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“ We were asked to get airborne as
quickly as possible while the OoD phoned
around looking for more crew.
“‘ What race? ’ I innocently asked. I had
no idea that sailing’s most prestigious
yacht race had started the previous
Saturday afternoon from the Isle of Wight.”
Yachtsmen from around the world had
gathered for a week of racing culminating
in the Fastnet Race from Isle of Wight,
rounding the Fastnet Rock off the coast
of Southern Ireland, and back. The race
started in benign conditions. A beautiful
afternoon with very little breeze as the fleet
sailed quietly down the Solent.
The Fastnet was the fifth race of the
Admiral’s Cup series. The Irish team were
leading with 649 points from the USA (635)
and Australia (626). The Aussies would
need some heavier conditions if they were
to have any chance.
After two days the fleet had only made
Land’s End in the light air but on the 150nm
leg to the Fastnet Light all three Australian
yachts, Ragamuf fin, Impetuous and Police Car
were improving even before the storm.
The storm evolved from the Central
American wheat plains then forming as a
large depression known as a ‘Low Y’ over
the Atlantic on the weekend of the 11th
and 12th of August. By the 13th winds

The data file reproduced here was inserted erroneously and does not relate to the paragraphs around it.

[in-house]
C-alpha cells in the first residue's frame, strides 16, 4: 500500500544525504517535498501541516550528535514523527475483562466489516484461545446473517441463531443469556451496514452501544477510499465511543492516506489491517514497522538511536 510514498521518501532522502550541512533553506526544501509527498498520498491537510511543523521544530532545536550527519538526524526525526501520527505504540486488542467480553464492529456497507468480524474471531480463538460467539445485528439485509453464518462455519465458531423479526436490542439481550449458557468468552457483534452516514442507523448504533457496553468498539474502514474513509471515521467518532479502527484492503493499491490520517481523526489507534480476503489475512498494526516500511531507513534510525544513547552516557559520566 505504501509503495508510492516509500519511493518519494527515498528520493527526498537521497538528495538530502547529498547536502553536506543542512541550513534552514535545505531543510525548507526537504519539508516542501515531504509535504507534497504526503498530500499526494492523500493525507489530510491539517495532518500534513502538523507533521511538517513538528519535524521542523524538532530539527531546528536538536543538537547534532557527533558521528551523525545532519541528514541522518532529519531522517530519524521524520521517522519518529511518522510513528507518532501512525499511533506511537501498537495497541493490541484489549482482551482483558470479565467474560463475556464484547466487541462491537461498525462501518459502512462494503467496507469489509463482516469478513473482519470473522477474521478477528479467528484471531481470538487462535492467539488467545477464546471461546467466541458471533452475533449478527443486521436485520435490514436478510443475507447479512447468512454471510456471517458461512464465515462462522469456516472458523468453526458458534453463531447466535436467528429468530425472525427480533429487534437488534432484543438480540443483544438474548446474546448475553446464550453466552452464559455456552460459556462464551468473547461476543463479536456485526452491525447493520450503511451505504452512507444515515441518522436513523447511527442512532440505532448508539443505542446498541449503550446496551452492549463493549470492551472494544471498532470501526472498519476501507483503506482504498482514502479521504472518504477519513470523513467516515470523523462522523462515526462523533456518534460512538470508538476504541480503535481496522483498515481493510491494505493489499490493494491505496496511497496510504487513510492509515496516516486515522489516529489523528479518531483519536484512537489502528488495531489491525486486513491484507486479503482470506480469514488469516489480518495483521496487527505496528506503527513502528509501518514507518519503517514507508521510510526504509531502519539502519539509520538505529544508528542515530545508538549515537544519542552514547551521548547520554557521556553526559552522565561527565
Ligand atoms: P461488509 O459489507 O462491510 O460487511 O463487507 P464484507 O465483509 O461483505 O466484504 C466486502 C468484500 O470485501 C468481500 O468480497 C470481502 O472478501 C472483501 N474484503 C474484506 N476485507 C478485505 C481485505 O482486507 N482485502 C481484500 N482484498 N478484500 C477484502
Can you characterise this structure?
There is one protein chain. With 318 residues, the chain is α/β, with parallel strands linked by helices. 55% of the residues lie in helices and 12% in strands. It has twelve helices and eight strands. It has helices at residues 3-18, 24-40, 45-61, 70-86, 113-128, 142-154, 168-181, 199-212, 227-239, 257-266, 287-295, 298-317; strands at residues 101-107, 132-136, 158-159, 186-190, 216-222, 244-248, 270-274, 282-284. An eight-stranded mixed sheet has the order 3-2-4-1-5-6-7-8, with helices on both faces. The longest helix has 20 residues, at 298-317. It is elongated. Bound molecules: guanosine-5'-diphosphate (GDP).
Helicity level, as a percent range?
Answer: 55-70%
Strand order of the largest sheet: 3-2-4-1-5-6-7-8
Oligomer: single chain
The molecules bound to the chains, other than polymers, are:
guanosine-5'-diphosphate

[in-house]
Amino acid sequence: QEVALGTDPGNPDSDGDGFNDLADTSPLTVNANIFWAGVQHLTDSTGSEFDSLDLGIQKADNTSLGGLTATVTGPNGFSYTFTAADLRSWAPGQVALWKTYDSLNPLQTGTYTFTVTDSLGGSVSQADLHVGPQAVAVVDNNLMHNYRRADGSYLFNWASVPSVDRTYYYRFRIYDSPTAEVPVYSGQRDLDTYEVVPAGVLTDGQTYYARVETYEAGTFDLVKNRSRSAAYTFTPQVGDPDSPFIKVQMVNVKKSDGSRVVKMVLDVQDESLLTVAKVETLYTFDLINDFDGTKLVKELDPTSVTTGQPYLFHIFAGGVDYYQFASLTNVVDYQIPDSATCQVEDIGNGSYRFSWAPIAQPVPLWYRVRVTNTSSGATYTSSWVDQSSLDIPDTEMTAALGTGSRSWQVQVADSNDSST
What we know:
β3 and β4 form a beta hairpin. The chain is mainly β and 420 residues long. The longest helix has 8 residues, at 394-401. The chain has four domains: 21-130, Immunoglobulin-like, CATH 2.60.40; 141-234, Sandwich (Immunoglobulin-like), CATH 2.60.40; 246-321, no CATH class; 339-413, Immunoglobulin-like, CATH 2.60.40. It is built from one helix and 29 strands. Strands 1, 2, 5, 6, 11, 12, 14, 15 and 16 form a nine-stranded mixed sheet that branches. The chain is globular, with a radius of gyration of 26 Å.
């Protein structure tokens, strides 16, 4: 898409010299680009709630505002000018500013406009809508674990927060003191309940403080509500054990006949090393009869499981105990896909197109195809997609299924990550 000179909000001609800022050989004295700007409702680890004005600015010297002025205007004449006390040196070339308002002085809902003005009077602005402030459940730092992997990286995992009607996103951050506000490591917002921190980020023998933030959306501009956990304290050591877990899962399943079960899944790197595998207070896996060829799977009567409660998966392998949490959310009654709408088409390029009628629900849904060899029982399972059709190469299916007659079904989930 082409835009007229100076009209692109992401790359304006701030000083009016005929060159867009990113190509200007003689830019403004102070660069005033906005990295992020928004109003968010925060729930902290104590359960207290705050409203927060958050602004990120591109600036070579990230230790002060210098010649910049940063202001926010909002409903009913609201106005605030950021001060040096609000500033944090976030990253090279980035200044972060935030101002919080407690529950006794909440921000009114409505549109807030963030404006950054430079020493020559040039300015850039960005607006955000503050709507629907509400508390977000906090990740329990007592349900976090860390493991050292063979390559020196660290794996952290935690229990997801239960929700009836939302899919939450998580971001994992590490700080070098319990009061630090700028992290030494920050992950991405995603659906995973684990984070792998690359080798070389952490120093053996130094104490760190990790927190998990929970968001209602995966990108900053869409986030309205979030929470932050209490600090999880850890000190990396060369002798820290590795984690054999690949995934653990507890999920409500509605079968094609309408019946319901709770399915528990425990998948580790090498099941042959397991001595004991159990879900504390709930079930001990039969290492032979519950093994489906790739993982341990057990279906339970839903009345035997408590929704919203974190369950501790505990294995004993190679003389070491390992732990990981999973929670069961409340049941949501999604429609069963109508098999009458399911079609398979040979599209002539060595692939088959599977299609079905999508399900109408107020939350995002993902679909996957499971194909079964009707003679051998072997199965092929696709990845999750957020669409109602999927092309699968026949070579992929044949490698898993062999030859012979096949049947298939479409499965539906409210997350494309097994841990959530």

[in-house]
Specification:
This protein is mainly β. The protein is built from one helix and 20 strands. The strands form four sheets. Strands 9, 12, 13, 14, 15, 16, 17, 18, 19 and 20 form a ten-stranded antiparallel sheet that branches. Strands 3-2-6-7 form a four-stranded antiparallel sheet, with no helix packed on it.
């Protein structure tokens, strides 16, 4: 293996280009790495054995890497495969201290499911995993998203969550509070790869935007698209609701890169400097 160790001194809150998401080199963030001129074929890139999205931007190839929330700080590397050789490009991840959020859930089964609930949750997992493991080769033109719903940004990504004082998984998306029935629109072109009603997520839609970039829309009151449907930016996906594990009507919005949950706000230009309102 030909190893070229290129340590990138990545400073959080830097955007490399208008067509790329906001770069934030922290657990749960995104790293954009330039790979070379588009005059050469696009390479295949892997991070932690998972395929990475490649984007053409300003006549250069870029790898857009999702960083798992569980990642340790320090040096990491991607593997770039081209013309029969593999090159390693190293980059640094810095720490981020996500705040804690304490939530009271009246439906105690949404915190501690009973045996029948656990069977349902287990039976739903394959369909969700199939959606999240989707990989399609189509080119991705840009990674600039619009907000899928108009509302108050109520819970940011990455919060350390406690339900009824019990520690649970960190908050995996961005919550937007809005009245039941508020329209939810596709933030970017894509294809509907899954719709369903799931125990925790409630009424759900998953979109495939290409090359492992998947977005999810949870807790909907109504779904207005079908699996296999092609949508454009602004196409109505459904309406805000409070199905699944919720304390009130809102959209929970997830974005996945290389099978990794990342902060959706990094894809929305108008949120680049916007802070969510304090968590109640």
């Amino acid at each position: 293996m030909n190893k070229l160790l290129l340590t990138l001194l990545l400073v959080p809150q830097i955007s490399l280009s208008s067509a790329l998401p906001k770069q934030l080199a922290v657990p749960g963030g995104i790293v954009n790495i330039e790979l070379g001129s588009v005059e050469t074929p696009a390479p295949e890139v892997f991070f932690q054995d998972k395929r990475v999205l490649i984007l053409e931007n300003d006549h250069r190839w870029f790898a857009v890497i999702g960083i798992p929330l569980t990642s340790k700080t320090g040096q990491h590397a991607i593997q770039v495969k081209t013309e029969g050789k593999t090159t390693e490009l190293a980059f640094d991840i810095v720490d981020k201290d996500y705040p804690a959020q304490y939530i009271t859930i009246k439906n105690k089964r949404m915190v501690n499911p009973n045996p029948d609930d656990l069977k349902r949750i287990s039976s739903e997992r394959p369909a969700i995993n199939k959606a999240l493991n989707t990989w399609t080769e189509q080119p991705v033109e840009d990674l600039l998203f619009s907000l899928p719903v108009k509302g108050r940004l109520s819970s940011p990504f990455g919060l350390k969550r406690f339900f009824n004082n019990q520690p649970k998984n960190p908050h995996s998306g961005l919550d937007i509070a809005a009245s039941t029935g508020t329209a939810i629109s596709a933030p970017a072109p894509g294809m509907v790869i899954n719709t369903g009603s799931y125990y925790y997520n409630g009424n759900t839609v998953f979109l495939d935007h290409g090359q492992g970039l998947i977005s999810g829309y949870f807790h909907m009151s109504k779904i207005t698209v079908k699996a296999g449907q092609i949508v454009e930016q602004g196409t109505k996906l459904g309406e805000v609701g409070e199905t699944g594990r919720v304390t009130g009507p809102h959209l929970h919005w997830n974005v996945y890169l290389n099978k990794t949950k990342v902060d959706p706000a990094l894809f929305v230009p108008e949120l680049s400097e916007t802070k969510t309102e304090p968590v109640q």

were forecast to reach Force 6 to 8 then
rapidly intensifying, turning NE about
200nm sou’west of Ireland.
Land based weather stations reported
gale force winds over the race area and
the Met office confirmed a barometer of
976hPa low pressure with Force 10 winds.
At this time the Australian Team’s yacht
Impetuous was sailing well approaching the
‘Rock’ south west of the Laverty Banks.
“I thought we were in a good position
as we neared the Rock,” said Impetuous
owner Graeme Lambert.
“Both Ragamuffin and Police Car were
doing well though the sea was wild. We
went around the Fastnet Light with three
reefs in the main and a storm jib. The
boat felt fine and the crew were all well.
We rounded the Light at 0315 hours in
company with the French yacht Jubile VI.
“It was on the Laverty Banks that most
of the fleet got into trouble. The needle on
our wind instrument was jammed hard at
60 knots but I believe it was blowing around
90 knots. Officials reported the wind was
Force 11,” Lambert said.
Meanwhile back at Culdrose, Grayson
and crew were making final preparations
but still unaware of how dire conditions
at sea had become. Airbourne at 0435
Grayson headed to the Scillies. A rough
and bumpy ride under a cloud base of
“By 0540 flying at 700 feet and with
improved radio reception it was like
the whole world had gone stark staring
mad. The sheer volume of chatter was
unbelievable. The coastguard emergency
frequency was complete bedlam as one
yacht after another put out a Mayday.
“ By 0543 Culdrose Base issued
a situation report. The yacht Magic
rudderless; Grimalkin capsized off Land’s
End; Tarantula sinking 100 miles off the
Scillies; Mulligatawny dismasted; flares
sighted by Morning Town ; four men sighted
in a life raft and five yachts ashore on the
“I faced a serious dilemma as I was
very low on fuel. Weighing up all options
I chose to return to Culdrose.”
Moments later he was back in the air
along with two Sea King helicopters and
two Wessex choppers when he heard their
controller reel off another ten yachts in
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